The rule bucked the EPA’s own science-backed conclusion about the interconnectivity of waterways and limited federal protections to just four categories of waterways: territorial seas and navigable waters; perennial and some intermittent tributaries; some lakes, ponds and impoundments; and wetlands directly adjacent to jurisdictional waters.
Farmers, builders and many other interests that were relieved of financial burdens and federal environmental responsibilities supported the NWPR and the repeal of the 2015 rule, saying it restored property rights taken away by “the largest land grab in the history of this country.”
The Trump EPA relied on “dubious methodology” when weakening federal protections for waterways, including assuming that states would fill in the gaps left by the federal government by writing their own laws to protect waterways.
The opposite happened in many states, including Indiana.
In Indiana, the NWPR resulted in members of the Indiana Builders Association who also served as state senators successfully pushing through a bill that eliminated state protections for more than half the state’s remaining wetlands and weakened the protections that remained.
Officials from around the state predicted the repeal of state protections for wetlands would negatively affect water quality in the state, increase flooding and cost communities millions of dollars to replicate the natural wetland features that would be destroyed if those wetlands were developed.
The Indiana Wetlands Task Force established as part of the law found that the worst effects of the repeal were avoided due to changes in federal regulations, but the law caused the increased loss of isolated wetlands found on farmland.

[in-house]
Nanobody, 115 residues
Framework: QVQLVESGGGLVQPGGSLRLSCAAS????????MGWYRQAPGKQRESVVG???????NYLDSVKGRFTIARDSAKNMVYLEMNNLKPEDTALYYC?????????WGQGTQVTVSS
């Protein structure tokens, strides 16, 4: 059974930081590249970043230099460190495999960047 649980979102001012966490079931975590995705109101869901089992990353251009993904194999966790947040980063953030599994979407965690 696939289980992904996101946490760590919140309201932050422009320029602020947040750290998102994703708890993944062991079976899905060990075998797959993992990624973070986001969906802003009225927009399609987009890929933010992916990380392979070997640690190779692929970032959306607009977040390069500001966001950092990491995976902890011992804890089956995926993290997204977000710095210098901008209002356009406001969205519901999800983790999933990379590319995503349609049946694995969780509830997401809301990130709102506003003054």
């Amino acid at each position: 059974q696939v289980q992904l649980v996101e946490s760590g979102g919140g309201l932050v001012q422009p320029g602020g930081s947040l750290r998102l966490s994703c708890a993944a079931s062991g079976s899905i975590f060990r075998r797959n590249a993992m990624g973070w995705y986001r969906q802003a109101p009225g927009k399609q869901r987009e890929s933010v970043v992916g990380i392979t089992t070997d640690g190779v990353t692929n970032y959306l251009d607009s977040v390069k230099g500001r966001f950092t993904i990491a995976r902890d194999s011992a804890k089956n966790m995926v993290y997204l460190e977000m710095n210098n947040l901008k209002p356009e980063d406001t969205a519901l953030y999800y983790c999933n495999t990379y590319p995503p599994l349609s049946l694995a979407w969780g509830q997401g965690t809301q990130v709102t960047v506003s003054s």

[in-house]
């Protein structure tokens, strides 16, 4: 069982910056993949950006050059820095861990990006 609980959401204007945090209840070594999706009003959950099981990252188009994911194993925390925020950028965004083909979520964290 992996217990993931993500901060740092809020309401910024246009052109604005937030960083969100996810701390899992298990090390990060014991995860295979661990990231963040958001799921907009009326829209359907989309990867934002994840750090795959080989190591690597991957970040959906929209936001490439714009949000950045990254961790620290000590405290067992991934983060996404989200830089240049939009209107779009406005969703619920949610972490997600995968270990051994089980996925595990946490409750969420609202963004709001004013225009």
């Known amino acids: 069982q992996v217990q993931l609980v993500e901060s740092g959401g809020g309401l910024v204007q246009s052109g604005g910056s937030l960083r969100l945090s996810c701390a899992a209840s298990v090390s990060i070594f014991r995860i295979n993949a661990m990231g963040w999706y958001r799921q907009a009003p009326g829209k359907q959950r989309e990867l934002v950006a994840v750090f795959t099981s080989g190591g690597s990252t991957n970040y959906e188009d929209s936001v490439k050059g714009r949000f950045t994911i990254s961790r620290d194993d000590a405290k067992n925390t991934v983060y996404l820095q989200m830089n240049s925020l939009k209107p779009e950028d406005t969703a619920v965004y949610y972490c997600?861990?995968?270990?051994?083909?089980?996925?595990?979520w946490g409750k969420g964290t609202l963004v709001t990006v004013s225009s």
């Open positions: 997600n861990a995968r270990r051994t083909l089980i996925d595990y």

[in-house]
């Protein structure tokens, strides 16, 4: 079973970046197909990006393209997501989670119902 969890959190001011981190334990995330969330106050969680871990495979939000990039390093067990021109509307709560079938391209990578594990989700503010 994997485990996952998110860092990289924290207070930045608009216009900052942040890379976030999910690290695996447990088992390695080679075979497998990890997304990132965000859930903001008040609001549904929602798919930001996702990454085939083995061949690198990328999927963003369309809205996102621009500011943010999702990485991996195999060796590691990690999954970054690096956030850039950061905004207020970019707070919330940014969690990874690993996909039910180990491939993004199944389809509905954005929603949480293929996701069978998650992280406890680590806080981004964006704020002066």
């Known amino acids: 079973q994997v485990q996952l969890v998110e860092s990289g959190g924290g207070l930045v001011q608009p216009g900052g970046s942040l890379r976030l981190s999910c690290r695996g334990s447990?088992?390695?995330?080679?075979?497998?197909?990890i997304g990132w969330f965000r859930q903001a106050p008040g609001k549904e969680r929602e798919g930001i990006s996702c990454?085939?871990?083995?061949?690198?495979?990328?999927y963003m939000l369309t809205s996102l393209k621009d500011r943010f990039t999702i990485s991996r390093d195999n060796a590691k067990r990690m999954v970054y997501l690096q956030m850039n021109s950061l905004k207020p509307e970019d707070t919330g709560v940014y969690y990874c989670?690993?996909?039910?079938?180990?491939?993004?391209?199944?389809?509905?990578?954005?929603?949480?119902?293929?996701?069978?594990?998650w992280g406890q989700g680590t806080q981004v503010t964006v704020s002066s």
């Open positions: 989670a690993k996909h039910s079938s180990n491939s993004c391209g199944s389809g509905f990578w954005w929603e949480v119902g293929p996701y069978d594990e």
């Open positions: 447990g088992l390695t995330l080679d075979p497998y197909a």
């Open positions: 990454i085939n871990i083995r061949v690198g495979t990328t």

“This change has provided short-term economic benefit to farmers and developers at the cost of long-term flooding issues,” the report concluded.
A federal judge in Arizona allowed the EPA, now headed by the Biden administration, to voluntarily withdraw the rule in 2021.
BIDEN’S “WATERS OF THE UNITED STATES”
The Biden administration’s “waters of the United States” definition keeps the seven categories of waterways in place prior to 2015, including ephemeral streams and other waterways that have a “significant nexus” to navigable waterways.
The term “significant nexus” is a test put in place by former Justice Anthony Kennedy in a 2006 Supreme Court ruling to determine which waterways could be considered “waters of the United States.”
The rule and the “significant nexus” test could be altered by the majority right-wing Supreme Court in an upcoming decision for Sackett v. Environmental Protection Agency, a case brought by an Idaho couple in a protracted legal battle with the EPA since 2007.
The couple, Michael and Chantell Sackett, attempted to develop land determined to be a wetland protected by the Clean Water Act in 2004. The couple received local permits but failed to get the necessary permits from the federal government. The EPA told the couple they would face a $40,000-a-day fine if they refused to restore the property to its original state.
The couple sued, challenging the EPA’s authority to regulate their land under the Clean Water Act. The case made its way to the Supreme Court in 2012, and the Court ruled the couple could litigate the order in federal court.
The case returned to federal court, which ruled in favor of the EPA. The ruling was upheld by a federal appeals court.
The 2021 case now being reviewed by the Court seeks to repeal the “significant nexus” test and limit Clean Water Act jurisdiction to “relatively permanent, standing or continuously flowing bodies of water” as determined by the Court’s conservatives in the same case that gave the nation the “significant nexus” test.
The decision is expected later this year.